Grade: 6/10

Album Review — Sturgill Simpson’s ‘SOUND & FURY’

For an artist that tries his damndest to avoid the public eye, Sturgill Simpson certainly generates a lot of discussion and opinions when he does show his face. Coming into his fourth album SOUND & FURY, it was to be expected after a long wait and his announcing that it wouldn’t be a country album. And this comes after he’s been living under a rock the last two and a half years.  A polarizing artist in a polarizing society causing reactions on both extremes of the spectrum. A real shocker, huh? With this review I hope to bring a different view of why I think this album is brilliant, but also try to make sense of the mischaracterizations being put forth too.

“Ronin” opens with the sounds of a speeding car and Joe Rogan doing a spot-on Alex Jones impersonation over the radio. This gives way to the cinematic and grooving sounds of Simpson on lead guitar and Chuck Bartels shredding on the bass (Bartels really breaks out on this record). It all sets the tone and lets you know you’re in for a rock and roll album. This segues right into “Remember to Breathe,” which intimately details an assassin getting ready to make a kill and then doing so. It’s one of the more sinister and dark songs from Simpson and the excellent drum play of Miles Miller provides that ominous, rumbling feel with Bobby Emmert on the synth giving it that “samurai showdown” feel.

Lead single “Sing Along” is probably the most “accessible” song, as it’s about a man watching the woman in his life walk away and leaving him feeling helpless. This features one of the most badass sounding lines I’ve heard from Simpson: “Tell em’ to carve my name in the barstool baby/You know I’m going to be here a while.” The imagery of this line and the way Simpson delivers it gives it a real jolt and makes for a memorable moment.

“A Good Look” is a funky and rocking tune where Simpson cautions other artists to stop worry about looking good and worry more about crafting a good hook. Simpson solely wrote every song on the album, except for this one, which he wrote with John Prine. As soon as I found this out, I tried to figure out which parts Prine wrote and in my opinion I think he wrote the opening biblical verse, along with the chorus. It just screams Prine. Not to mention, this is the first song Simpson has made you can actually dance to. But it’s still packed with the classic imagery and depth Simpson brings with his lyrics, from the descriptive second verse to him delivering the dismissive lines I imagine are from someone at the label said to him at some point (“How you gonna eat when you’re bitin’ the hand?”). It’s a really fun song that I imagine will be a big hit live.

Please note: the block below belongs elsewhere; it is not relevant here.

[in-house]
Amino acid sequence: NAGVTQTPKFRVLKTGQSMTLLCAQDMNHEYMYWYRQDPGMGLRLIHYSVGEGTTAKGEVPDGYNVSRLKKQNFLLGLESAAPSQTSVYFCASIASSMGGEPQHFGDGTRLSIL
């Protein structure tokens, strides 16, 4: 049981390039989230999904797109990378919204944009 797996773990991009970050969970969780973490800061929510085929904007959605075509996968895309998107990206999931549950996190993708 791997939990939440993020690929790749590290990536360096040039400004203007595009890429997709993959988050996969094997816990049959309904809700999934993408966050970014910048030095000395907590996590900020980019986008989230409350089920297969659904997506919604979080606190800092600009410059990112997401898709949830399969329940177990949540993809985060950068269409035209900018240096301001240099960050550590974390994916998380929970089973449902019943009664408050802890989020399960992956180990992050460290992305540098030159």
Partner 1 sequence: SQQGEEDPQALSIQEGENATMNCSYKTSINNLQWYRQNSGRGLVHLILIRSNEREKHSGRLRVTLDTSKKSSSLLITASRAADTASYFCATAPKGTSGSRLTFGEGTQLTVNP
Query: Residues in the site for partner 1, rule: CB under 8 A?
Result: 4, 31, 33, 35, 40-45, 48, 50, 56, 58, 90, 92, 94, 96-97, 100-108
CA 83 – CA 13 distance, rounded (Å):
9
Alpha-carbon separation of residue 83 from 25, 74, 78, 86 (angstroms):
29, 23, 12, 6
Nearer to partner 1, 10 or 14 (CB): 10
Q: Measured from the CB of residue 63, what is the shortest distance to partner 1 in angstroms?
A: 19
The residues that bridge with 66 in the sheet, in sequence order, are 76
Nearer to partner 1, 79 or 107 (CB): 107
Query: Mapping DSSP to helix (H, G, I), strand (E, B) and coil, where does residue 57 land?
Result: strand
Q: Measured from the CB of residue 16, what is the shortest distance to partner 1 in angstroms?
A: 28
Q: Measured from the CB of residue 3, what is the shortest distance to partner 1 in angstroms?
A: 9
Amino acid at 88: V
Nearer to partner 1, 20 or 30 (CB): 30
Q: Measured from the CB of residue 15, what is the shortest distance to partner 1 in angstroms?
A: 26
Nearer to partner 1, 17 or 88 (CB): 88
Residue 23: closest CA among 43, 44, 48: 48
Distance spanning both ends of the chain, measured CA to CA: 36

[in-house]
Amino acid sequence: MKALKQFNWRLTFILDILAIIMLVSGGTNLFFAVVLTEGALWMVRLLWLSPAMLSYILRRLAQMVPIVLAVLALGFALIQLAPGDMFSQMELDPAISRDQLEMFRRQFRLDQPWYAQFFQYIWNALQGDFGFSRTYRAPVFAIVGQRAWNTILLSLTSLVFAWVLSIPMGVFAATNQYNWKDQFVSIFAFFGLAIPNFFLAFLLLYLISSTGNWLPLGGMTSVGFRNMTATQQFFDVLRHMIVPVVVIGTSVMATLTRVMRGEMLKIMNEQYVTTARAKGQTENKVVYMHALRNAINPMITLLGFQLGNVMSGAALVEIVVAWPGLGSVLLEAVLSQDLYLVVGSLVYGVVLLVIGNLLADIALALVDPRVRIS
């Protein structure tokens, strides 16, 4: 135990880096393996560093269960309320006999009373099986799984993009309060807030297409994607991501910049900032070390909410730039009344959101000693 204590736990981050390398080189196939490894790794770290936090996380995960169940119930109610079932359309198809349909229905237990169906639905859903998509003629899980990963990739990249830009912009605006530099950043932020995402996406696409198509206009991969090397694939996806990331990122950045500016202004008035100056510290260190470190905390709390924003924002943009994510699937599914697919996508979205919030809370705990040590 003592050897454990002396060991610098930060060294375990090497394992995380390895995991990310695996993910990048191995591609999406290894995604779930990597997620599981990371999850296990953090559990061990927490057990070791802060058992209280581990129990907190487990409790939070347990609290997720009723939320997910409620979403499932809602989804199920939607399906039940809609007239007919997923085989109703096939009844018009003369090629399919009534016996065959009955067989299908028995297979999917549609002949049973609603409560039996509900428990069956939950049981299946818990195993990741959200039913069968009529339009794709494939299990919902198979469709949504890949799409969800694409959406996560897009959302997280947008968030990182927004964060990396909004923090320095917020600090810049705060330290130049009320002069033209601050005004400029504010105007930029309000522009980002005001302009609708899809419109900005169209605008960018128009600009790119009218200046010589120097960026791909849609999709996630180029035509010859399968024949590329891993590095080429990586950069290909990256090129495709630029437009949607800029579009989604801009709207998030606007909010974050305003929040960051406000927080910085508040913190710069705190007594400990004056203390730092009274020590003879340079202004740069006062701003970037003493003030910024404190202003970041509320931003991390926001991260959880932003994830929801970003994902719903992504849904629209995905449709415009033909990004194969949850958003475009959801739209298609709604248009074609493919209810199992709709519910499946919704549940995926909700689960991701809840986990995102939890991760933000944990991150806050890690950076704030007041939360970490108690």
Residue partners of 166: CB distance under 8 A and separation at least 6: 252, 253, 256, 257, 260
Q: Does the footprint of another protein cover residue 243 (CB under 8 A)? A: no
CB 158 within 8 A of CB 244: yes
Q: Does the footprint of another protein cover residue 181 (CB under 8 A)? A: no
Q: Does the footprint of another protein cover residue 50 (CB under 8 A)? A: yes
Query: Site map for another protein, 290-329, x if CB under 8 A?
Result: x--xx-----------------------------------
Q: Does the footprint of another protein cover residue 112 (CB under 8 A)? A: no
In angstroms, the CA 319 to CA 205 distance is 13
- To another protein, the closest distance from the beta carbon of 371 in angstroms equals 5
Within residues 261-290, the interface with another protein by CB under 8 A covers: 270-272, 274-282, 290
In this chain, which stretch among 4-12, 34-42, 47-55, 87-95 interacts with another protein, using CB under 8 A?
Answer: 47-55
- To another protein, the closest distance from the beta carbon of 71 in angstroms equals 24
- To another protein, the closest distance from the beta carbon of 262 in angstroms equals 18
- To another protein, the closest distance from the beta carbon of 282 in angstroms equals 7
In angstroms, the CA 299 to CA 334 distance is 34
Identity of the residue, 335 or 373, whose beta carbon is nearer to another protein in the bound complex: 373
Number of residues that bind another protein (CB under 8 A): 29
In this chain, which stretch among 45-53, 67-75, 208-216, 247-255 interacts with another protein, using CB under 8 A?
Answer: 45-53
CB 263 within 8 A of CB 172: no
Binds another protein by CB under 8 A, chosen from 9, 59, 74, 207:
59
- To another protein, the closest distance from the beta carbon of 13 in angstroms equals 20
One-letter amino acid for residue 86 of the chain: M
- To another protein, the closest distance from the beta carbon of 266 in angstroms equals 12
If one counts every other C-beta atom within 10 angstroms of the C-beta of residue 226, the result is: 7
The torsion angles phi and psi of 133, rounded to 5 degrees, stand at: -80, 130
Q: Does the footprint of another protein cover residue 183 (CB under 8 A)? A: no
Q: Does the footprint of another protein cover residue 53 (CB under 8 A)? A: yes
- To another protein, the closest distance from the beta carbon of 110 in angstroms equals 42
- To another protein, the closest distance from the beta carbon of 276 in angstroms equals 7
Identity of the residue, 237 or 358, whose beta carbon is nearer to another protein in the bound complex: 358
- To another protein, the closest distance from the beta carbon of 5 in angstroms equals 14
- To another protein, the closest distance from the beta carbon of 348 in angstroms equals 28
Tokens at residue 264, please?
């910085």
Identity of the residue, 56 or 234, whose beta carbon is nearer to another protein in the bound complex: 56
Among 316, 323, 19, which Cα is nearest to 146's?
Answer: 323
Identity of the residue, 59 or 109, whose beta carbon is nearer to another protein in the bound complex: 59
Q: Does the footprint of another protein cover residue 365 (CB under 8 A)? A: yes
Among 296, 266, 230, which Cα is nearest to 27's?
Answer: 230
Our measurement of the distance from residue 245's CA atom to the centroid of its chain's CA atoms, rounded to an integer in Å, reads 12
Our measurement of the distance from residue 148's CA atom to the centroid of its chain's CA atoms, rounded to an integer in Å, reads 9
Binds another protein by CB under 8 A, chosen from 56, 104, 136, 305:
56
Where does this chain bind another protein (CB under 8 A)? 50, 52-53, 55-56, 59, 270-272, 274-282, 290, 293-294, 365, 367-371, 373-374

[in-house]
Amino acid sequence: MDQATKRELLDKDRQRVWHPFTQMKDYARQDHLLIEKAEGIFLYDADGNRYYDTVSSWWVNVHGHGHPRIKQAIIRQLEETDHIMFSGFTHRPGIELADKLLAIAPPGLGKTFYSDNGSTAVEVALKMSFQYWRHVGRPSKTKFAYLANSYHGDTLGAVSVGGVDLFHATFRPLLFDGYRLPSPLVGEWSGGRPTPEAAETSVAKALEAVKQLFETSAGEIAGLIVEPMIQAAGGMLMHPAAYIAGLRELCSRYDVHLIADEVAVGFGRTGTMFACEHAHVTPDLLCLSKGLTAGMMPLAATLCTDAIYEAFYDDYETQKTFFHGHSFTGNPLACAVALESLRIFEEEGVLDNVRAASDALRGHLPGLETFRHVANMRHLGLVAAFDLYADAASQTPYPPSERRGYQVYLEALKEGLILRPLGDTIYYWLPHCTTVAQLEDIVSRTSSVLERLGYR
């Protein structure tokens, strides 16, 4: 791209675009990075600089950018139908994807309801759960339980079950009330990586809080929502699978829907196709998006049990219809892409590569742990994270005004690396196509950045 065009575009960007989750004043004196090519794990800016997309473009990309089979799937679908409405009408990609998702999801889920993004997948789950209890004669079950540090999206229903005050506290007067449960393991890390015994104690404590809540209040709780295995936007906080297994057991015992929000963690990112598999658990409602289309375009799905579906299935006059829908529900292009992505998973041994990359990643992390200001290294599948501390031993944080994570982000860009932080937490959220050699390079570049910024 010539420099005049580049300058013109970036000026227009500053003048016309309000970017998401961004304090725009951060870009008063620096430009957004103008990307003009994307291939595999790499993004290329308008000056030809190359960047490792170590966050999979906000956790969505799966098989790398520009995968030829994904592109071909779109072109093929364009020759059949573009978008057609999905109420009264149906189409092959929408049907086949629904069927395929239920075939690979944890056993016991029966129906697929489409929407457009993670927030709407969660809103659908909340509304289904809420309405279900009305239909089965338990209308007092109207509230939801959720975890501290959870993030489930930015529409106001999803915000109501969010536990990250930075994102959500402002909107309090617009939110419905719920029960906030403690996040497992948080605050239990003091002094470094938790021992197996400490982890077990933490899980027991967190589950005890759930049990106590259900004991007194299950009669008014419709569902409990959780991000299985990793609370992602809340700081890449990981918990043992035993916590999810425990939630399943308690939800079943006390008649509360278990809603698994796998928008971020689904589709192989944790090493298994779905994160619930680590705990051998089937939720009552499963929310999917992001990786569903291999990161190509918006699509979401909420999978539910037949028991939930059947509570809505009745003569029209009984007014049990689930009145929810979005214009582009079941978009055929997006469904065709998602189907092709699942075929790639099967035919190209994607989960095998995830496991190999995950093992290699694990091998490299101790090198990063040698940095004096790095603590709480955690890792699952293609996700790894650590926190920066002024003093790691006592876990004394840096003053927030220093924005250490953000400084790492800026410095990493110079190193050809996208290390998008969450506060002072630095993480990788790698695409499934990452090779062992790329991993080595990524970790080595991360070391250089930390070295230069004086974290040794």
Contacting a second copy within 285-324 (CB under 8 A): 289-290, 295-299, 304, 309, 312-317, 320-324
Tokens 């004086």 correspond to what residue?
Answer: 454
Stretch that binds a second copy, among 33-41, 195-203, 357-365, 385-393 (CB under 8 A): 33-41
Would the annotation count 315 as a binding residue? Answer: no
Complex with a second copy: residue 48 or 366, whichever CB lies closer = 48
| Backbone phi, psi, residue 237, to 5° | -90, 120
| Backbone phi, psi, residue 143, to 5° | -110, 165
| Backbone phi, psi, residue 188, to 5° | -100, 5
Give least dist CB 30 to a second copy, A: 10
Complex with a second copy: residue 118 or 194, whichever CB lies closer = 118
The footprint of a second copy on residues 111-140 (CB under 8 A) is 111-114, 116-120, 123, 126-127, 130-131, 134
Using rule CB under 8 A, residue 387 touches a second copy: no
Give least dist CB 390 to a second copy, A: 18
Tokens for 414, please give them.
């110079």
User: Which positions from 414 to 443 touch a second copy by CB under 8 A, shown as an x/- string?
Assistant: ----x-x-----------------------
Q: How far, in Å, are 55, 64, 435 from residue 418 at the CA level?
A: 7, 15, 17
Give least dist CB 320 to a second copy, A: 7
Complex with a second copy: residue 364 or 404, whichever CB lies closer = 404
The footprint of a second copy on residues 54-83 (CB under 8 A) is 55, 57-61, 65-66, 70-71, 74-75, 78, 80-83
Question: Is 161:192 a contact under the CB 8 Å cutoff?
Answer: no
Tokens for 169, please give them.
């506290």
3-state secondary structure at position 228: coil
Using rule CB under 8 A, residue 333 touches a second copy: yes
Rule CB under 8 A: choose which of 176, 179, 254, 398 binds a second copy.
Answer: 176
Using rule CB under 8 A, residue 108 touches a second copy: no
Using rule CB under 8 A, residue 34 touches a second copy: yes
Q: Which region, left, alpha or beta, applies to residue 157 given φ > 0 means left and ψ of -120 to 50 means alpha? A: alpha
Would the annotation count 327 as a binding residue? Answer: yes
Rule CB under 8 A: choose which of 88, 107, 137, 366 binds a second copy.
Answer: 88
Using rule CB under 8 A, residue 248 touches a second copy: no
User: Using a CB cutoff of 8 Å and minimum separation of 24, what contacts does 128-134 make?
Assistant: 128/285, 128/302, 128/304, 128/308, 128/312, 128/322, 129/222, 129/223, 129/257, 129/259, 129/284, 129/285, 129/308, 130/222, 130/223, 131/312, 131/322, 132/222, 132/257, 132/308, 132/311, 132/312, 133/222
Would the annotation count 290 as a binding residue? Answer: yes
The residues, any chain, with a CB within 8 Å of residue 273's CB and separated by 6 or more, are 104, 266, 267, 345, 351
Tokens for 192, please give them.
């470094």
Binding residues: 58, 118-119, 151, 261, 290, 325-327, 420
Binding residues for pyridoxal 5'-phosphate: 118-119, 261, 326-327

“Make Art Not Friends” is one of the most revealing moments on this album. Simpson appears to be drawing inspiration from his exhaustion and anger on the road touring in 2017. Now a lot of people are focusing on the lyrics in this song slamming the industry and I can see how some view this as him being kind of ungrateful. But I see this more as Simpson showing regret in his actions, as the chorus details his ragged state. He sings “Never again, rather be alone,” which I interpret as him realizing the mistake he made in saying yes to touring in 2017 after he said he wouldn’t do so. Shortly after this he sings “I love saying no to all the yes men,” which seems to refer to his state post-2017 and coming to the realization that in his compromise to “play the game” with the music industry, he ultimately was the one who lost and now he’s swearing it off completely.

Simpson is conveying that he just wants to focus on music and not the people in the industry who think they have his best interests. It’s a fascinating look into his psyche after the Grammys and how it changed him. I think this song is more about growth and realization, not the “taking it to the man” anthem nor the grumpy asshole complaining about success many are interpreting it to be. Not to mention I really enjoy the timing and placement of the synths in this song, as they come in at just the right moments to add some gravity and emotion to the lyrics.

“Best Clockmaker on Mars” is one of the hardest rockers on the album and also Simpson’s obligatory love ode to his wife that he’s had on every album. It’s also a fun singalong with head-banging guitar licks throughout, but don’t overlook one of the most heartfelt verses: “Some days I hate everything I am/But your love holds a mirror to me/Show me a love I can understand/Make sense of the world I see.” I really enjoy the sci-fi synths, as it feels appropriate on a song with Mars in the title.